A Story of Loss
A woman harvesting tomatoes in an agricultural project near Hamouriah city in Eastern Ghouta in the summer of 2017.
Marwa’s nightmare began when Islamic State (IS) took over her hometown. This marked the beginning of her and her family’s destruction. IS initially portrayed themselves as virtuous and righteous. As they tightened their control, however, their true face was revealed.
IS closed schools, markets and shops. They enforced curfews, separated families, forcibly recruited child soldiers and made living conditions very harsh.
Marwa’s husband was a fighter with the Free Syrian Army and had left her behind with their 14-year-old twin boys behind. She had had no news about her husband ever since he had gone to fight. The children’s life with their mother quickly came to an end – they were forced to join IS training camps so that they could serve as future fighters.
Marwa was furious. She demanded the return of her children but as a result was sentenced to 15 days imprisonment.
When she was released from jail, she was forced to marry another man. According to IS her husband was an apostate and as per Islamic law she must be divorced and made to a Muslim man.
Her new husband beat, cursed, and scolded her if she asked to see her twin boys. He forced her to never even mention them. He would have forbidden her from even thinking about them if he could, but that was impossible as she would never forget her precious ones.
After the 2016 Euphrates Shield operation in northern Syria, huge groups of the Free Army took over our town and IS left the area. Marwa went with husband to al-Raqqa city against her will. She felt defeated, humiliated and disappointed as it now seemed impossible for her ever to be reunited with her family.
After a short period, she discovered that she was pregnant.
Marwa was very distressed about her pregnancy and was not upset when her husband forced her to have an abortion. The baby would have been a constant reminder of her marriage.
Airstrikes intensified in Al-Raqqa and the situation quickly deteriorated. Her new husband was killed in one of the raids.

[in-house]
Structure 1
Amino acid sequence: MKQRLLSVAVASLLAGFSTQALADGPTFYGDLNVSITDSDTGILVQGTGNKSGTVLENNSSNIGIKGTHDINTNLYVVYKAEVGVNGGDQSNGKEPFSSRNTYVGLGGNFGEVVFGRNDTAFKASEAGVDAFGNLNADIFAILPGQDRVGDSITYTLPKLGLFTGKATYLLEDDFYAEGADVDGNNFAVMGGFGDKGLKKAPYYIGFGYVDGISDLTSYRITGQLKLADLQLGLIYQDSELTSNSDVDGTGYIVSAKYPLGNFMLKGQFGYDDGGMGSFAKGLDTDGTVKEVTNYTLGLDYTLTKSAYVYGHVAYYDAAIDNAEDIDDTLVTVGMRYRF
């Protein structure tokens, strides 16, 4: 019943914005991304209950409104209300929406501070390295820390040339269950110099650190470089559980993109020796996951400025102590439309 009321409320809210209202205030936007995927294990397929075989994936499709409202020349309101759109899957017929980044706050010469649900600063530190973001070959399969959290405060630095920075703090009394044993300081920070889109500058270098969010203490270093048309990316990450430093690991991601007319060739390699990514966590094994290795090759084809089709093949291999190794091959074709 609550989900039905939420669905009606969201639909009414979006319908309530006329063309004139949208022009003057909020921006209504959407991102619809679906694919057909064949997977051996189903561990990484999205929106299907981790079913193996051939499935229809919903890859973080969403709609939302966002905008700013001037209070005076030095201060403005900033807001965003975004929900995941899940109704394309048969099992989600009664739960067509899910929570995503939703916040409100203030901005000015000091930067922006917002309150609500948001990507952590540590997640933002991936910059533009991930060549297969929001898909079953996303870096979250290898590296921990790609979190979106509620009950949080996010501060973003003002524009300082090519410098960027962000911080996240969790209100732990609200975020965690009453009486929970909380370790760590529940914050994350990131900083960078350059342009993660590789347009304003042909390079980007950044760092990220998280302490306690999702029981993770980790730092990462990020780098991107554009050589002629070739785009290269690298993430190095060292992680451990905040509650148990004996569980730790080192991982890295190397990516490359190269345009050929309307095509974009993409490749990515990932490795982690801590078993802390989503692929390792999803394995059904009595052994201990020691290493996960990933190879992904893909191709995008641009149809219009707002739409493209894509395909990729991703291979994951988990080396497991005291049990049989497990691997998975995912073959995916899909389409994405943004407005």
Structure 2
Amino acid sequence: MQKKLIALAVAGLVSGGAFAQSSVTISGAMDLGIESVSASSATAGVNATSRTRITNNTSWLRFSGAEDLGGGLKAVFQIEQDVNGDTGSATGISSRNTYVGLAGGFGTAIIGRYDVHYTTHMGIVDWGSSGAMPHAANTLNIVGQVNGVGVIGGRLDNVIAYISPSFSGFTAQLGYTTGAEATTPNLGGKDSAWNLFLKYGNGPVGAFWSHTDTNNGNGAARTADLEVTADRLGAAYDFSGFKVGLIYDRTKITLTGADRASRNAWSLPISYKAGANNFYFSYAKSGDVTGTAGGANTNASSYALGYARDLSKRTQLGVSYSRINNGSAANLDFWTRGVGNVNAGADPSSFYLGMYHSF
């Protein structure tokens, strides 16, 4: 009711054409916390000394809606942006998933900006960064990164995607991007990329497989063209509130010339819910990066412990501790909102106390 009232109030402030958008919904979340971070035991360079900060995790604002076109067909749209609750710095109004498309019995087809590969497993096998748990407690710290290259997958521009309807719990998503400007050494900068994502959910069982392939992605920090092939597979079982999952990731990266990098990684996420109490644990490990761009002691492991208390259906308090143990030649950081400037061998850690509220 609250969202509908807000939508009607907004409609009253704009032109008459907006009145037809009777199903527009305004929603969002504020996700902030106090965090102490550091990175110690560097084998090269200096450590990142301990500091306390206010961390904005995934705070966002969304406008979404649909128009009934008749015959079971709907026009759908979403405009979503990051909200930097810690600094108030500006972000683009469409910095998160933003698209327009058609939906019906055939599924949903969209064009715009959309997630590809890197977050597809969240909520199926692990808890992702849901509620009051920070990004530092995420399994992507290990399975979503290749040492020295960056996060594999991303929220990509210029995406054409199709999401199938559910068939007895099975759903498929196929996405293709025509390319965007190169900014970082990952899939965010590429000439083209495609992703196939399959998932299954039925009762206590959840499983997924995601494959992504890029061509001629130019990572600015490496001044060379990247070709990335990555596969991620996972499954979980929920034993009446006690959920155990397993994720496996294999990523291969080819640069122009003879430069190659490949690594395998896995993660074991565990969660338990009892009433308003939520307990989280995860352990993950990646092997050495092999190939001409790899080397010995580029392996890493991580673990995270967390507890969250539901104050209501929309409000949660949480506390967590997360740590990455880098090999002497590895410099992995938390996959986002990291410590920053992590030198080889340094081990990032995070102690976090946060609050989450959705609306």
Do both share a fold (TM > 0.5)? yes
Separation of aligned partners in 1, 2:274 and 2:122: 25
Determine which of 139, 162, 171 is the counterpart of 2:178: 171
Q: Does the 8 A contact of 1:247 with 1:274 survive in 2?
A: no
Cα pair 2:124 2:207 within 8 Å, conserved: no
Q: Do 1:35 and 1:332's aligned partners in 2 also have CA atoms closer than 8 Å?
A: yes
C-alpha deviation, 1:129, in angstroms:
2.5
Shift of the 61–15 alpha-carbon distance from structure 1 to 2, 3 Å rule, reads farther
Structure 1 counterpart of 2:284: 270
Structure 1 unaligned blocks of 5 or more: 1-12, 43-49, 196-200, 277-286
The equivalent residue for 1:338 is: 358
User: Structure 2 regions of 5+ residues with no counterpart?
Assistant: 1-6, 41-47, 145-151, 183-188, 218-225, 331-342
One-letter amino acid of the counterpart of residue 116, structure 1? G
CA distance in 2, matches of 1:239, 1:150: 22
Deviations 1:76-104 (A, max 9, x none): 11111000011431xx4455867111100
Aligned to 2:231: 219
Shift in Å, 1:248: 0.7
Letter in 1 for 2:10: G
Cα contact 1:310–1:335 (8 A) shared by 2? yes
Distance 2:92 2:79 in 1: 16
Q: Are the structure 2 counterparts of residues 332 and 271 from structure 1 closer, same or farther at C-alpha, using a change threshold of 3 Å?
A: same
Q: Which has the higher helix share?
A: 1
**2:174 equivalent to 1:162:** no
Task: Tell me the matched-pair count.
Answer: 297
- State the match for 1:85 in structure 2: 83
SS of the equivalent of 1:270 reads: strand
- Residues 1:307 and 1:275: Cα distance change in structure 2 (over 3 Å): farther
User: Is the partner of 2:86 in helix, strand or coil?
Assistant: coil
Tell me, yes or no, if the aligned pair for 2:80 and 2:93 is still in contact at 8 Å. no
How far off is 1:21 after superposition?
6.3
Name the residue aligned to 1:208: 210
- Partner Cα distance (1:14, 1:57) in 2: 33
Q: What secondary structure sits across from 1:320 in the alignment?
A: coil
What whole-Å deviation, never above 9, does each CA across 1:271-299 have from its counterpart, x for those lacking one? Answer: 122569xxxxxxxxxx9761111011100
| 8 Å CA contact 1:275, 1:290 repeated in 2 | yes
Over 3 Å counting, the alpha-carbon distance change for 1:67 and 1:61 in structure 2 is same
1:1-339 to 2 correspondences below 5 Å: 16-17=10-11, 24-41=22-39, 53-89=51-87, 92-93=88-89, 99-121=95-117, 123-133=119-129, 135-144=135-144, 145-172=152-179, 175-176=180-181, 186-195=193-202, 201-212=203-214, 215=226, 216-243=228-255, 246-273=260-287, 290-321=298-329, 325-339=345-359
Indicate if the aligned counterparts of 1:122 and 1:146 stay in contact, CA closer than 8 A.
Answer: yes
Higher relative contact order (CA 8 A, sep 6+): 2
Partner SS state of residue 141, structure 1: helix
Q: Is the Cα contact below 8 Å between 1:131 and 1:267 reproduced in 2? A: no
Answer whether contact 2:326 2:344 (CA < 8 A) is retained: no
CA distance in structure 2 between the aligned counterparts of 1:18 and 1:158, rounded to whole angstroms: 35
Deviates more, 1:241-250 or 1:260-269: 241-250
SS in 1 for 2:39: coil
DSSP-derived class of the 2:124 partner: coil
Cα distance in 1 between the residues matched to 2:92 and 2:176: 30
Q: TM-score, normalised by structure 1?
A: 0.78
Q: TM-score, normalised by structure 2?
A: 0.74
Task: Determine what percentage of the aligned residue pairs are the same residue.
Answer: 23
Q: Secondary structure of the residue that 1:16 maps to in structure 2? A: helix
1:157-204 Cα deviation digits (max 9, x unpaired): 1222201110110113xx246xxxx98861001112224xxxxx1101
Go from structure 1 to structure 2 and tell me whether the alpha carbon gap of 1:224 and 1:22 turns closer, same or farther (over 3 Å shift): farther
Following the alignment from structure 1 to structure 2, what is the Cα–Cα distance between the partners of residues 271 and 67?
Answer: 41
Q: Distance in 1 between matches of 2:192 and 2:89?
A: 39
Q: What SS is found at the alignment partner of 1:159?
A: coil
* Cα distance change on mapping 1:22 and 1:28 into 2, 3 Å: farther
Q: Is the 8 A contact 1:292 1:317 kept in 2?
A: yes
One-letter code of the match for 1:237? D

Marwa had mixed feelings regarding his death; her sense of relief and happiness was mixed with turmoil and anxiety regarding her unknown future. She felt deep loneliness in this strange city of tragedy where she knew no-one.
People began fleeing the airstrikes and Marwa fled too, leaving behind all the hurtful memories of her husband. She had nowhere to go and simply joined other people fleeing the area.
She eventually met a family from an area near where she used to live and continued her tough journey with them until she reached her hometown. Worn-out and emotional, she searched the streets and houses for any sign or news about her husband and children.
She found out that her husband had died in battle and her children had been killed in an airstrike. They had all left this earth without saying goodbye.
Loss causes so much pain. You can never get used to such loss no matter how hard you try. What keeps us going is our belief that we will meet our loved ones again one day, if not on this earth then in heaven.
Marwa’s strong will and faith lit her path and she began putting the pieces of her life back together. She embarked on a journey of helping others, after her own journey of loss. She now spends her time educating children and lighting the path for future generations.
Fatima Hajj Moussa, 25, is from Idlib and is a university student at the Media Institute.